Lunch special… at midnight

There is no respite from the light. One’s natural daily rhythm quickly shuts down, confused, as if dragged through perpetual jet lag. Soon you are eating dinner at 11:45pm, hanging out on the dusky streets ‘til all hours and sleeping past noon; 4am is just an overcast day, juxtaposed with the usual night sounds of street-laughter and squealing car tires. Birds sing non-stop. One night, in this altered circadian state, I found myself and my ukulele busking for cash at 3am outside the venerable Westminster Hotel with a couple of young Quebecois. And we didn’t do badly – after two hours I’d donated only thirty bucks.

Late-night busking

Summer here is difficult to digest, but a season of endless darkness would be interminable, unimaginable. Only after a full winter hunkered down in the snow and ice of Yukon can one proclaim himself a genuine “sourdough”. A somewhat easier feat is attaining “sour toe” certification, awarded to all those who slurp up a $5 shot of Yukon Jack whiskey containing a pickled human toe – which your lips must touch. (I am now a proud member of the Sour Toe Club. Fortunately I was nearly as pickled as the toe when the deed was consummated.)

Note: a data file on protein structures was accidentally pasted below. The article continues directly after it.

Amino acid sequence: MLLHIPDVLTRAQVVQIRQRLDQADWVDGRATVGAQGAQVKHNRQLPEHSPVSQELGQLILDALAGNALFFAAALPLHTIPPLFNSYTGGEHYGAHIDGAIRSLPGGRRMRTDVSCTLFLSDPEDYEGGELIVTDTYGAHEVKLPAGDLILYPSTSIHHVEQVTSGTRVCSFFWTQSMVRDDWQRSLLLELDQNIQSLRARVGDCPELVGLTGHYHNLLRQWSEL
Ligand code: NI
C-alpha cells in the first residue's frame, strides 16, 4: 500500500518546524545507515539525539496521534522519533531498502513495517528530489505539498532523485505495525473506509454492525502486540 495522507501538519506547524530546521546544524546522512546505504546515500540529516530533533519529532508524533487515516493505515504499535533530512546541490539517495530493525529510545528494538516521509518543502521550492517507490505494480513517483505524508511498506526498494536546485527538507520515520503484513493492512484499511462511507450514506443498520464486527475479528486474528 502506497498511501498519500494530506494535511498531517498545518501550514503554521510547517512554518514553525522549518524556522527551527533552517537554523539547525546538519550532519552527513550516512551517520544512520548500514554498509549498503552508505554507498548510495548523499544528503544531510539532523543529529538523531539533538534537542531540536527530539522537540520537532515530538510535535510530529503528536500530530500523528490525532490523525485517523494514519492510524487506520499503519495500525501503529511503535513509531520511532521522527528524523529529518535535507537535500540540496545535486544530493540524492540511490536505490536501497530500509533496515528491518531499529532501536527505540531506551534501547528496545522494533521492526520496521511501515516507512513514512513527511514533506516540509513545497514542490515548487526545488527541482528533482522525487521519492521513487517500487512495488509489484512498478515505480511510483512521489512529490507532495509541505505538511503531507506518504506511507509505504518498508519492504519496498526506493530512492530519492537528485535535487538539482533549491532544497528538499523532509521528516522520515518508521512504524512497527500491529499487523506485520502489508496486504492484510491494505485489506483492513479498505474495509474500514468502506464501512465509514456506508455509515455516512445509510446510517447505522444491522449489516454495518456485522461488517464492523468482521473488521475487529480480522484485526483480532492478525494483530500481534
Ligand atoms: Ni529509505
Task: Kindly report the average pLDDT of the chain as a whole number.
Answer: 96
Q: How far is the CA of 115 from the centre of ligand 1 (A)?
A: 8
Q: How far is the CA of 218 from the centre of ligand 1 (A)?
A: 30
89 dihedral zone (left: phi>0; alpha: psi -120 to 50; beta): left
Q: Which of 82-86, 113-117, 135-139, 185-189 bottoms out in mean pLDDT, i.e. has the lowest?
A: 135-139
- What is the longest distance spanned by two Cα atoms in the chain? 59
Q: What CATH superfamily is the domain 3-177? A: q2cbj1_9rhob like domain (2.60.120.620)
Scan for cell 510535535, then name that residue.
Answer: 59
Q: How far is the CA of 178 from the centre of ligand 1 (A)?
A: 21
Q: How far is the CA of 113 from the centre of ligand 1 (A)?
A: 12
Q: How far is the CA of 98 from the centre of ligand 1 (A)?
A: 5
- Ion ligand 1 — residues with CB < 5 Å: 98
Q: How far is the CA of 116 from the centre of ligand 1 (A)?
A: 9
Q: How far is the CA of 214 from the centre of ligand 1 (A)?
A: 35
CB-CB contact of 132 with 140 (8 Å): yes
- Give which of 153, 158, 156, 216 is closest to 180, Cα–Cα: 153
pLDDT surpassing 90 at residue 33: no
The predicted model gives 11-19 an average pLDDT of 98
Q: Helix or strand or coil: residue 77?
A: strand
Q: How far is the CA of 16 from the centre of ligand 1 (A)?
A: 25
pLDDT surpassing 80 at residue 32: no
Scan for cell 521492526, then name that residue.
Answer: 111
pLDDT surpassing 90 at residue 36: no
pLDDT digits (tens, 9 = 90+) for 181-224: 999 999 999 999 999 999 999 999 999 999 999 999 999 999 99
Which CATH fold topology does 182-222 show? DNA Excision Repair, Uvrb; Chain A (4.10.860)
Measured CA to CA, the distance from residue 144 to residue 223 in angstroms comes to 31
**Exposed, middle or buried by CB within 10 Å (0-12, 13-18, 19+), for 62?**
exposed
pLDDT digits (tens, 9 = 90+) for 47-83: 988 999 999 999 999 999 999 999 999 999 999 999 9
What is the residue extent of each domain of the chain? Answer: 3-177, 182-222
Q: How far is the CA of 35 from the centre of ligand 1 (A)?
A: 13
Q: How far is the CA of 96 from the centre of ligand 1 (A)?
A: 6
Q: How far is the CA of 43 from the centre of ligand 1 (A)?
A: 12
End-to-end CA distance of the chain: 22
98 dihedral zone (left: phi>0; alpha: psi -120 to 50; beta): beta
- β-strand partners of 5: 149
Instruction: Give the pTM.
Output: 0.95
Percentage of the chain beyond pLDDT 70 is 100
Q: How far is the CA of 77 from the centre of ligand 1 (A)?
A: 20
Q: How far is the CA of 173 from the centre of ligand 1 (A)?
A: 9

The main ingredient in a sour toe cocktail

Although the Klondike gold rush ended more than a century ago, Dawson retains its frontier spirit. The streets are full of entrepreneurs and oddballs. Young drifters seek adventure, mingling with cagy old-timers. Secretive men and women still comb nearby creeks, moiling for gold. Astute shopkeepers mine tourist’s pockets. Individuals all, Dawson folk march to the beat of no one’s drum but their own.

Florence moiling for Klondike Gold

Every person I’ve met who’s been to Yukon (don’t say the Yukon, that’s a dead giveaway you are a newcomer, a Cheechako, from the “outside”) returns home gushing about the Klondike story, an epic period in Canadian history. I too am now a convert.